Memo to Brussels: Chill Out About Russia Sanctions
WASHINGTON — The European Union and several European capitals have been in a tizzy about likely new U.S. sanctions on Russia. Following approval by the U.S. House of Representatives on July 25, by a near unanimous 419-3 vote, of new U.S. sanctions on Russia, Iran, and North Korea, the EU warned it was ready to retaliate against alleged U.S. overreach that could damage European interests, in particular EU energy security. This follows weeks of increasingly strident rhetoric from Brussels and Berlin in particular as sanctions legislation moved forward in the U.S. Congress, with European Commission President Juncker, German Chancellor Merkel and others threatening countermeasures if the new sanctions target European firms doing business with Russia.
Why are the Europeans, at least some of them, fuming about the legislation still working its way through the U.S. Congress? They are upset principally about language authorizing the president to impose sanctions on firms involved in building Russian energy export pipelines (the Nord Stream 2 pipeline meant to carry natural gas from Russia directly to Germany under the Baltic Sea is mentioned by name) and an article requiring sanctions to be levied on firms participating in certain oil projects in Russia. They see such provisions as extraterritorial overreach by the United States that could impact their economic interests and business ties. The Europeans also see this tougher U.S. stance on Moscow as undermining the carefully calibrated joint U.S.–EU approach to sanctions fashioned after Russia’s annexation of Crimea in 2014 and support for separatists in eastern Ukraine. The Europeans have seen this movie before, most notably in the 1990s when the United States imposed sanctions on Iran and Libya that threatened to catch European companies in the cross hairs.
The sky is not falling, however, and Brussels should take a deep breath and stop asserting that new U.S. sanctions will undermine transatlantic ties. Such an outcome could become a self-fulfilling prophecy if the EU continues on its current path. This legislation is advancing in Washington due to continued Russian bad behavior in Ukraine and Syria, on human rights and corruption, and above all Russia’s interference in the U.S. elections. It is also meant to block President Trump from easing sanctions on Russia without Congressional approval. It is not meant to punish Europe and the U.S. government will seek to avoid that outcome.
Indeed the language in the legislation has been modified from earlier versions, in part to address European concerns. The section on pipelines instructs the president to take any measures “in coordination with allies of the United States,” and other provisions of primary interest to Europe allow the president to waive imposing sanctions if he determines it is in the national interest to do so. The United States will not impose any sanctions on European companies involved in Nord Stream 2, even if realization of that pipeline would do more to undermine European energy security than any step the United States could take. Remember, the language in the draft legislation regarding pipelines only says the president “may” impose sanctions, not “shall” impose them, and even without such a provision in the law the president has the legal authority at any time to decide that Russian energy pipelines pose a national security risk, issue an Executive Order to that effect, and sanction those involved. So, while mention of Nord Stream 2 in this legislation — which the Obama and Trump administrations and the U.S. Congress have objected to since the decision to build it was announced in 2015 — can be seen as more “in your face” than diplomatic demarches, it does not make sanctions any more likely than before. Implementing regulations will be written once the legislation is signed into law provide another opportunity to address European concerns. There has been a robust dialogue between Brussels and Washington on Russian sanctions, including on this pending legislation, and that should continue as it is in the interest of both sides. Senior U.S. government and Congressional leaders understand our sanctions are more effective when we are working together with our allies. This is especially important given continued Russian threats and moves to cement their position in eastern Ukraine.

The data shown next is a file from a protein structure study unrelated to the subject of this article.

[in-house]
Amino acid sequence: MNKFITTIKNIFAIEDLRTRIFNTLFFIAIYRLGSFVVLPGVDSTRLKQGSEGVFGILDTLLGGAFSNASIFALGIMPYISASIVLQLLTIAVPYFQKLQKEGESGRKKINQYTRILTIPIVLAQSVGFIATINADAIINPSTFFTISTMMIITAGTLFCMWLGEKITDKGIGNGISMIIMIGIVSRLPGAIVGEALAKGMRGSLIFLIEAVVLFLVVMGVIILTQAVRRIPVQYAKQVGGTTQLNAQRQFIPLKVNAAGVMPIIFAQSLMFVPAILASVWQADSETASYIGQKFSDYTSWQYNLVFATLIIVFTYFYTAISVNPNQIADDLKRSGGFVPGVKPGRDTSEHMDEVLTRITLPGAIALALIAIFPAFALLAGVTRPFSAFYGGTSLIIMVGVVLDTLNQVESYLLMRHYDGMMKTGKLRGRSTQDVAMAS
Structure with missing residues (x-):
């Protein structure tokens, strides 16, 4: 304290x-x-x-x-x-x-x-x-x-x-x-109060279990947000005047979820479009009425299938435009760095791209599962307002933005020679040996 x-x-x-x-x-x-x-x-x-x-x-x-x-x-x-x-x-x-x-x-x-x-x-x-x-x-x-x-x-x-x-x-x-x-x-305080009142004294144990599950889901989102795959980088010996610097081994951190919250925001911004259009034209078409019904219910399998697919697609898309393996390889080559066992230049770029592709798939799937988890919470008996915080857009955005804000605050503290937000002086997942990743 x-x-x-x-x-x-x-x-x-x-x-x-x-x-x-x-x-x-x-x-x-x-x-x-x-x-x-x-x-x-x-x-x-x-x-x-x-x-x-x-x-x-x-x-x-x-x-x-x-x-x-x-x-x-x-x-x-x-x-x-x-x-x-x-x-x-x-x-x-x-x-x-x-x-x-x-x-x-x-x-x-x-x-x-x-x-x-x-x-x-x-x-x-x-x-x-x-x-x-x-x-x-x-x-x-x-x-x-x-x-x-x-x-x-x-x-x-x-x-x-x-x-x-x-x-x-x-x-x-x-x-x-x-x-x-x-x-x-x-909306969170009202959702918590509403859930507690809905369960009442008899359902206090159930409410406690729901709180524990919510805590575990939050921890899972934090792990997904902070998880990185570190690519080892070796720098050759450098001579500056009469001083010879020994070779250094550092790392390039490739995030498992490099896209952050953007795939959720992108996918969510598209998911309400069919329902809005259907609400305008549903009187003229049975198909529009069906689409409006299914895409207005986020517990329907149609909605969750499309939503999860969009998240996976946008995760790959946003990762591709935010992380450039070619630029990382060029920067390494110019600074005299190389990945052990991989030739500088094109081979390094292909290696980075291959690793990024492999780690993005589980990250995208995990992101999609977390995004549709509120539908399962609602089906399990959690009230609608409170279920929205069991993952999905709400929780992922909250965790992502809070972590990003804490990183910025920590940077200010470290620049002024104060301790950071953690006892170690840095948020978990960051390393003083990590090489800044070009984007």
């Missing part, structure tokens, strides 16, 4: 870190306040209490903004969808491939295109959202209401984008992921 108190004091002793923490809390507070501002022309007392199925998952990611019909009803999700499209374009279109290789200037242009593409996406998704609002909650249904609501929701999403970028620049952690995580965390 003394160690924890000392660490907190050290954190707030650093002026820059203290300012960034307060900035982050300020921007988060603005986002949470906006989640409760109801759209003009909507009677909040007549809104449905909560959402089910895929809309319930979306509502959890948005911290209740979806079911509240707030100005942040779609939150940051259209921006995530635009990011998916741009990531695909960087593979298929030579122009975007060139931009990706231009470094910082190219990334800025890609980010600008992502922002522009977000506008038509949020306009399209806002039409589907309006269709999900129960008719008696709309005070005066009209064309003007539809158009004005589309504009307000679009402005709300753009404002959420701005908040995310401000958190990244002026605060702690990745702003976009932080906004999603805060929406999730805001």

EU concerns about tougher U.S. penalties on Russia are understandable, in part because it complicates the delicate balance among EU member states on their own Russian sanctions, but this legislation is moving forward primarily due to U.S. domestic political exigencies. The EU has been heard and there is a commitment on this side of the Atlantic not to allow this squabble to undermine the heretofore excellent U.S.–EU cooperation on these issues. Brussels and other European capitals should tone down the rhetoric and back off the threats, and continue to work with Washington to advance our common agenda on Ukraine and resist Russian efforts to divide us.
The views expressed in GMF publications and commentary are the views of the author alone.